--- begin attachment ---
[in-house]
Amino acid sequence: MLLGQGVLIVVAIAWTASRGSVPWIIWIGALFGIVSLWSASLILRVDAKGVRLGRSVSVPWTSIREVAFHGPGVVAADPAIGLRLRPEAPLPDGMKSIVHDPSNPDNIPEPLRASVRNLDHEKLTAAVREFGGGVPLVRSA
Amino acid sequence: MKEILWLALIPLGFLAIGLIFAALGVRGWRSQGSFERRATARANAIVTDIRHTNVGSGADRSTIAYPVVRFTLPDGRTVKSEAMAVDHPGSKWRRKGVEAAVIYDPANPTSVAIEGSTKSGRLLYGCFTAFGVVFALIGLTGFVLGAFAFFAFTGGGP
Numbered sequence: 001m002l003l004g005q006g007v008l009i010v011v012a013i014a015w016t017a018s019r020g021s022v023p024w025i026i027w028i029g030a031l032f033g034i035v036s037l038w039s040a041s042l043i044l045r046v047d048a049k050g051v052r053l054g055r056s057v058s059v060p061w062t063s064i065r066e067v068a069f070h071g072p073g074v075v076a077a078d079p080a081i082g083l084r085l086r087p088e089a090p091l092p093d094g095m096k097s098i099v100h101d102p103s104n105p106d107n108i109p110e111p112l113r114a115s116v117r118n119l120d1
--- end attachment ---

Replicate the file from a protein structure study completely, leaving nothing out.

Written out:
[in-house]
Amino acid sequence: MLLGQGVLIVVAIAWTASRGSVPWIIWIGALFGIVSLWSASLILRVDAKGVRLGRSVSVPWTSIREVAFHGPGVVAADPAIGLRLRPEAPLPDGMKSIVHDPSNPDNIPEPLRASVRNLDHEKLTAAVREFGGGVPLVRSA
Amino acid sequence: MKEILWLALIPLGFLAIGLIFAALGVRGWRSQGSFERRATARANAIVTDIRHTNVGSGADRSTIAYPVVRFTLPDGRTVKSEAMAVDHPGSKWRRKGVEAAVIYDPANPTSVAIEGSTKSGRLLYGCFTAFGVVFALIGLTGFVLGAFAFFAFTGGGP
Numbered sequence: 001m002l003l004g005q006g007v008l009i010v011v012a013i014a015w016t017a018s019r020g021s022v023p024w025i026i027w028i029g030a031l032f033g034i035v036s037l038w039s040a041s042l043i044l045r046v047d048a049k050g051v052r053l054g055r056s057v058s059v060p061w062t063s064i065r066e067v068a069f070h071g072p073g074v075v076a077a078d079p080a081i082g083l084r085l086r087p088e089a090p091l092p093d094g095m096k097s098i099v100h101d102p103s104n105p106d107n108i109p110e111p112l113r114a115s116v117r118n119l120d1